McClendon, a descendant of the Kerr-McGee oil fortune, was part of a team of Oklahoma City businessmen who bought the Seattle Sonics and moved the team to Oklahoma where the NBA team became known as the Thunder. McClendon died earlier today as a result of a violent, single-car crash that came just a day after the Justice Department indicted him under the Sherman Anti-Trust Act on charges he rigged bids for the leasing of oil and natural gas rights in Oklahoma. Police haven't confirmed whether the crash of his Chevy Tahoe into a concrete bridge embankment wall was accidental or deliberate.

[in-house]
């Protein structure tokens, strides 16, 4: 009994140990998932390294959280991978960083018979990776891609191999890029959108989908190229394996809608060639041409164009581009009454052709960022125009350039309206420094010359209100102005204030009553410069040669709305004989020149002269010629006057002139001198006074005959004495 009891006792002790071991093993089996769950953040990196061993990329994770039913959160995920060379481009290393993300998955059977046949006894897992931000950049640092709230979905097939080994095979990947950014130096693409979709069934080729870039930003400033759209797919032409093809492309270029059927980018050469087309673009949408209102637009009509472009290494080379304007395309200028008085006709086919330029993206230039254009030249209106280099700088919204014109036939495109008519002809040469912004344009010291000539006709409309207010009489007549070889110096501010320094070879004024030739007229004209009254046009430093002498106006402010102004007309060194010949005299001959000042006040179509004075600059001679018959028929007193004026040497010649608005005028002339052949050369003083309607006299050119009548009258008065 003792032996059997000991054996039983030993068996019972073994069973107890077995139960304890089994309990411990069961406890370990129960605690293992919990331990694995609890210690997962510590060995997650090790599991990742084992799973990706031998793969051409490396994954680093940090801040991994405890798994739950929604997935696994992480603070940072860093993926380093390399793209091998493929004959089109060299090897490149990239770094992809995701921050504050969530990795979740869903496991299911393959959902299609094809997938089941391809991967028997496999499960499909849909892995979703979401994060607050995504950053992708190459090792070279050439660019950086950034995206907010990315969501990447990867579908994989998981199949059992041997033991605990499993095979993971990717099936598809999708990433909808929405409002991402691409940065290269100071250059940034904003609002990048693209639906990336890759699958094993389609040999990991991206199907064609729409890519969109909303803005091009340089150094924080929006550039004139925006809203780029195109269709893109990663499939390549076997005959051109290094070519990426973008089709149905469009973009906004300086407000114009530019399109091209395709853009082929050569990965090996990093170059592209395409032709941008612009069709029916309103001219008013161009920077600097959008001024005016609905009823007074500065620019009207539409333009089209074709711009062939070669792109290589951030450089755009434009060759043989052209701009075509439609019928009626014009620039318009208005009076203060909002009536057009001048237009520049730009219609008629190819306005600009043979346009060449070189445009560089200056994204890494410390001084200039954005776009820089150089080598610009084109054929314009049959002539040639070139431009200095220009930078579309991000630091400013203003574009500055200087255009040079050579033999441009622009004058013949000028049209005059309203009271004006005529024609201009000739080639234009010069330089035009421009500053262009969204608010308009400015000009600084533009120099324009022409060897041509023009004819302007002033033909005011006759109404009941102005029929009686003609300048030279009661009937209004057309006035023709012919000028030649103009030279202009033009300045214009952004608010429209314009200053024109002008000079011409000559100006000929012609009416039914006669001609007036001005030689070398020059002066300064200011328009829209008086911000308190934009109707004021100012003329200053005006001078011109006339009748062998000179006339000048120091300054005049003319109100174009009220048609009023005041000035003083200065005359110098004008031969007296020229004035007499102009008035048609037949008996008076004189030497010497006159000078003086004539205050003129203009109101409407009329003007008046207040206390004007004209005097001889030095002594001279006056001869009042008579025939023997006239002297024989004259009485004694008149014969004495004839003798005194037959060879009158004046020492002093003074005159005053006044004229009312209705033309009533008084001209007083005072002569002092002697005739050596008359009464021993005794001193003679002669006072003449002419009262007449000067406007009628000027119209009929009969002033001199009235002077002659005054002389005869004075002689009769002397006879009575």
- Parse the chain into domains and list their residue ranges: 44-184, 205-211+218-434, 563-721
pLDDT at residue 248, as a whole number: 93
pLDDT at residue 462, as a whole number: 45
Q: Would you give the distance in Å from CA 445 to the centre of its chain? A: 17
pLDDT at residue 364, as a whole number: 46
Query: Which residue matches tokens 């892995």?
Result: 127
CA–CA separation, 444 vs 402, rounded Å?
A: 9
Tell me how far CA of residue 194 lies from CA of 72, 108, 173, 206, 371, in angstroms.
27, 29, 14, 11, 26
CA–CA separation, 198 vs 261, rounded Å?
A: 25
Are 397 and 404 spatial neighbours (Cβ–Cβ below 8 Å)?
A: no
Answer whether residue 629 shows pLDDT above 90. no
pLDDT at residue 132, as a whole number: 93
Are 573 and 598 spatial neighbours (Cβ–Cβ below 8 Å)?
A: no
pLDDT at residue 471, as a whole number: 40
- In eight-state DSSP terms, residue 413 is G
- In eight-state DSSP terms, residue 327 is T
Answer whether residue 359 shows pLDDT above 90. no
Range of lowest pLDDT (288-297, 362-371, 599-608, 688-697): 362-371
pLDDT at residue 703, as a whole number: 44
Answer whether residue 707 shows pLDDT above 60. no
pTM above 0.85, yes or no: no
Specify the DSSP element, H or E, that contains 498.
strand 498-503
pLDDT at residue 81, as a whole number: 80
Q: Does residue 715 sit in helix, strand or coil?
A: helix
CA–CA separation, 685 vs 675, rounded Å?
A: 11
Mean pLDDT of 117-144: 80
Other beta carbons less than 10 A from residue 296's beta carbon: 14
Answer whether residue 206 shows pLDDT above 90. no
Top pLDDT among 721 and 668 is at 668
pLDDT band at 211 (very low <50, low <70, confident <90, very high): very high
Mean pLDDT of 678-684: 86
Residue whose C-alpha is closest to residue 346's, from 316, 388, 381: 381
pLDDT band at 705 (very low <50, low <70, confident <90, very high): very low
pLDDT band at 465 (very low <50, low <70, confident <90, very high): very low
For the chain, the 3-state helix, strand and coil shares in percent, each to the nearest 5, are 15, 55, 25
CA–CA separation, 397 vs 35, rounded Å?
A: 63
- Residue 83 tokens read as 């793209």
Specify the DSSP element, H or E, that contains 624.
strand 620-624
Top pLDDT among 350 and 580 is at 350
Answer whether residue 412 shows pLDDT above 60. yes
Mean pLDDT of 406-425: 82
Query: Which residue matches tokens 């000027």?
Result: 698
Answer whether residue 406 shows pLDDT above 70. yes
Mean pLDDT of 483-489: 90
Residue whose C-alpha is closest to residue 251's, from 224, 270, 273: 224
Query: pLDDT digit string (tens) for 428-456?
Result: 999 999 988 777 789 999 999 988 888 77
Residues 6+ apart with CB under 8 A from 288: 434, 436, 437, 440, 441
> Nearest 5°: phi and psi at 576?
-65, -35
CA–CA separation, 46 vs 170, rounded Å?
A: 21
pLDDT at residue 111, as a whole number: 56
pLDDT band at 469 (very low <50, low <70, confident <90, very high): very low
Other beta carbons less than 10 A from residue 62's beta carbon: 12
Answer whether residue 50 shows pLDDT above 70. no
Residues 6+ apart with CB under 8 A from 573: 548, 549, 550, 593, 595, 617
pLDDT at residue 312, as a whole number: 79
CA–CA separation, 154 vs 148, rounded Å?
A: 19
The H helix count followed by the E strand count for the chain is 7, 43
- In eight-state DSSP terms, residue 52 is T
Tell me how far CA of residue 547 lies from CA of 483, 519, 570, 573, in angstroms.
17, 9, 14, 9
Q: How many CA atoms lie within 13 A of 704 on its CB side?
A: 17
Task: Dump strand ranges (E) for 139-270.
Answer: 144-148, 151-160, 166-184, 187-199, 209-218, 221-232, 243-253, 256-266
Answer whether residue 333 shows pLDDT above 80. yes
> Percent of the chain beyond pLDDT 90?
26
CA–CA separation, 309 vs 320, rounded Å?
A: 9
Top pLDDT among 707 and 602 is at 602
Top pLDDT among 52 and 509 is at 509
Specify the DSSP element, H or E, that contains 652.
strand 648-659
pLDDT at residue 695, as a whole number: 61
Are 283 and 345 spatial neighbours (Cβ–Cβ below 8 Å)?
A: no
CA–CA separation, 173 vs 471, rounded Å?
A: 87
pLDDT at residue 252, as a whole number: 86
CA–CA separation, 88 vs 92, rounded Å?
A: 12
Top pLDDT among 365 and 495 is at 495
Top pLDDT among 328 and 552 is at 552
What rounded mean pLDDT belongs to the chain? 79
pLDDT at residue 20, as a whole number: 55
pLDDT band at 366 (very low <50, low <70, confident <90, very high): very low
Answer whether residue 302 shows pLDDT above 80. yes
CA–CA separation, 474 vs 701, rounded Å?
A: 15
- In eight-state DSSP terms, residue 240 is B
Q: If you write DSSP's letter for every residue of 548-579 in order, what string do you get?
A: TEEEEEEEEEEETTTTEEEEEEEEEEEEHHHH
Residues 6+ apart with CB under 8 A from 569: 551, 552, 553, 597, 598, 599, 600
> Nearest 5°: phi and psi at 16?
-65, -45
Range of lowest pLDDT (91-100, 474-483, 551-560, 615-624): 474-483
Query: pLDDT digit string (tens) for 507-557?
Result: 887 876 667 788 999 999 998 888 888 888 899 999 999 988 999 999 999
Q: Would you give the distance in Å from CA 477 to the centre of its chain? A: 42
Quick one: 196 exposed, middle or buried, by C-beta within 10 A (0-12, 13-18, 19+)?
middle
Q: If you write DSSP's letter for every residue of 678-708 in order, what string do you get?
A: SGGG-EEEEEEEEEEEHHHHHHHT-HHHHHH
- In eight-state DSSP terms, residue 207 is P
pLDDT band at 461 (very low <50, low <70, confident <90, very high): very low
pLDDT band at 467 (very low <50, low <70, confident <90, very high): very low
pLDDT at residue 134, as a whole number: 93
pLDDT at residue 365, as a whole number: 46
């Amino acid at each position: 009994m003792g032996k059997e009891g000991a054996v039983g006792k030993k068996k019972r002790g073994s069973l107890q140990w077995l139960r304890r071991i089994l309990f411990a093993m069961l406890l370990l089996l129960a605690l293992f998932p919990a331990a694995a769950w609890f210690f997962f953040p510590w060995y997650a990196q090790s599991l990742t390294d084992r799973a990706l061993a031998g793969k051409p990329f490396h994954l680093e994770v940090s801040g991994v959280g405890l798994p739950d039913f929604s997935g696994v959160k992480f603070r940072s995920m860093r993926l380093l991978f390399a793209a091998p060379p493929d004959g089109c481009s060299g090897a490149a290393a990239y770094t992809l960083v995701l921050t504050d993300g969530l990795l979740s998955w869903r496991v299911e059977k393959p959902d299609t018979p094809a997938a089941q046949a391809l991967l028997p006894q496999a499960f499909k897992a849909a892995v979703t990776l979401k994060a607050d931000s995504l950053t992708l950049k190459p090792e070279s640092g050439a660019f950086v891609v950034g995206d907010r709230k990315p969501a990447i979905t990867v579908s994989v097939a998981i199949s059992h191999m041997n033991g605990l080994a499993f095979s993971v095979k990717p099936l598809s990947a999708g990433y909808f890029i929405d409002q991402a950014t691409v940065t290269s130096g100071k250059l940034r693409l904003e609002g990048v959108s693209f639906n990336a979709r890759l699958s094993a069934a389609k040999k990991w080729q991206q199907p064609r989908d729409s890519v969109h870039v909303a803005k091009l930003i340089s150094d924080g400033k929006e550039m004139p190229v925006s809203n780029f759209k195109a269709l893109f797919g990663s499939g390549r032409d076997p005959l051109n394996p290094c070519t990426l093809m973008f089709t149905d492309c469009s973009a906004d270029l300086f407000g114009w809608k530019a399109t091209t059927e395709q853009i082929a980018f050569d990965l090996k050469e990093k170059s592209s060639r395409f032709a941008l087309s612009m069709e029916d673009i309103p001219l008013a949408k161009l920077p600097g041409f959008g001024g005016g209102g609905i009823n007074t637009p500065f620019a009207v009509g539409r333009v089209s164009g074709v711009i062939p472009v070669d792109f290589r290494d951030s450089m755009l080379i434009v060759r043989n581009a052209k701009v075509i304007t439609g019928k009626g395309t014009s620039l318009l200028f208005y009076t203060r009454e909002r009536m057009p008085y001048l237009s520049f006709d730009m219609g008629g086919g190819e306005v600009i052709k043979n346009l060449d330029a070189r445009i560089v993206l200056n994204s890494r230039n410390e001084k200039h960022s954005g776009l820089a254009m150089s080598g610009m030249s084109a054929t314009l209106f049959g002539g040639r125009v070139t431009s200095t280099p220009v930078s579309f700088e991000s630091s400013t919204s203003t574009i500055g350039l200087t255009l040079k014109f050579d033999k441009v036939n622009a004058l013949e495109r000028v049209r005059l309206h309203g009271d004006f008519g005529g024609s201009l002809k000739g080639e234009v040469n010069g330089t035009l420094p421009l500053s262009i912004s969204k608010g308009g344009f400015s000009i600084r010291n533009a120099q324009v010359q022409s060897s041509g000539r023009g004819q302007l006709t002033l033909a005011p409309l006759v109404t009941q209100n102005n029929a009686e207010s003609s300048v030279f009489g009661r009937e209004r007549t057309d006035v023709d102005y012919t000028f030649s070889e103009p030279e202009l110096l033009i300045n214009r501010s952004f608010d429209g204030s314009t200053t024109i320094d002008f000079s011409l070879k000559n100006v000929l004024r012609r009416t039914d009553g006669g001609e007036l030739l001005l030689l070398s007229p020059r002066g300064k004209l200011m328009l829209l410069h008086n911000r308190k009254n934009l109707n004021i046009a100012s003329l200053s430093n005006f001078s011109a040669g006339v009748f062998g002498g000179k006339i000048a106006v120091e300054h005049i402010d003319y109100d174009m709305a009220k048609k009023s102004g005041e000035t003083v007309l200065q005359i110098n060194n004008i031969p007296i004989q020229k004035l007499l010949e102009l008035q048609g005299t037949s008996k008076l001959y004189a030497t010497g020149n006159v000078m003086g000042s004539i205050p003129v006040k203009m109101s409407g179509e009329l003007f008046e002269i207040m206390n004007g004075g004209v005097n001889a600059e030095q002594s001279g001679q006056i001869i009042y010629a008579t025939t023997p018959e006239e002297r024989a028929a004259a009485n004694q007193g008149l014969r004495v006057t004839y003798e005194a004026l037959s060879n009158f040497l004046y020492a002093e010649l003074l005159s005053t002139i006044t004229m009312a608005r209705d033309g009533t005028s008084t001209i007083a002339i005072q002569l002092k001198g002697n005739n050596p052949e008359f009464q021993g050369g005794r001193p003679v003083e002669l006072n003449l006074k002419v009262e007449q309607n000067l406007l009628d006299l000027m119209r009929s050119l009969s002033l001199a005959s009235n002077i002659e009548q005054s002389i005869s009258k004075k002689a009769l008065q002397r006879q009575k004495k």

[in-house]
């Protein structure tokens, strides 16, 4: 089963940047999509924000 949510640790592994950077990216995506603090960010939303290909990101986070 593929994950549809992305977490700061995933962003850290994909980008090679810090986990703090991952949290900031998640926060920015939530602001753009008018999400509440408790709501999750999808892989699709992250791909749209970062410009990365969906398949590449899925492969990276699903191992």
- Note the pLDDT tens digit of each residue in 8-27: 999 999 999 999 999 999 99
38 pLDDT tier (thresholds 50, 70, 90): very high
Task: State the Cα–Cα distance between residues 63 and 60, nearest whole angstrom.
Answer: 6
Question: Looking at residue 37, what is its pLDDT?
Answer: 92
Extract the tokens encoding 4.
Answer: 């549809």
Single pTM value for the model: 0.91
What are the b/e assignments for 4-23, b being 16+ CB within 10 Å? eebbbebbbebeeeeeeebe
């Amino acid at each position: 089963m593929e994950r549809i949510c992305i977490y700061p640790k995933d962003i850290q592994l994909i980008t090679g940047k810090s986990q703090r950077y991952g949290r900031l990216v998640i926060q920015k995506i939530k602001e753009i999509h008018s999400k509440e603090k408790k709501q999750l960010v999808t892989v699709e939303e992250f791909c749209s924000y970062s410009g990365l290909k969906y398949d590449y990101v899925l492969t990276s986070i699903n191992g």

McClendon maintained his innocence after yesterday's indictment was made public. "Anyone who knows me, my business record and the industry in which I have worked for 35 years, knows that I could not be guilty of violating any antitrust laws," McClendon said in his last public statement Tuesday. McClendon had been forced out of Chesapeake in 2013 amid allegations of self-dealing and an SEC investigation. He started a new company, American Energy Partners, According to Forbes, he borrowed about $10 billion of other people's money to acquire new oil and gas acreage at what turned out to be the peak of the market, leaving his company broke.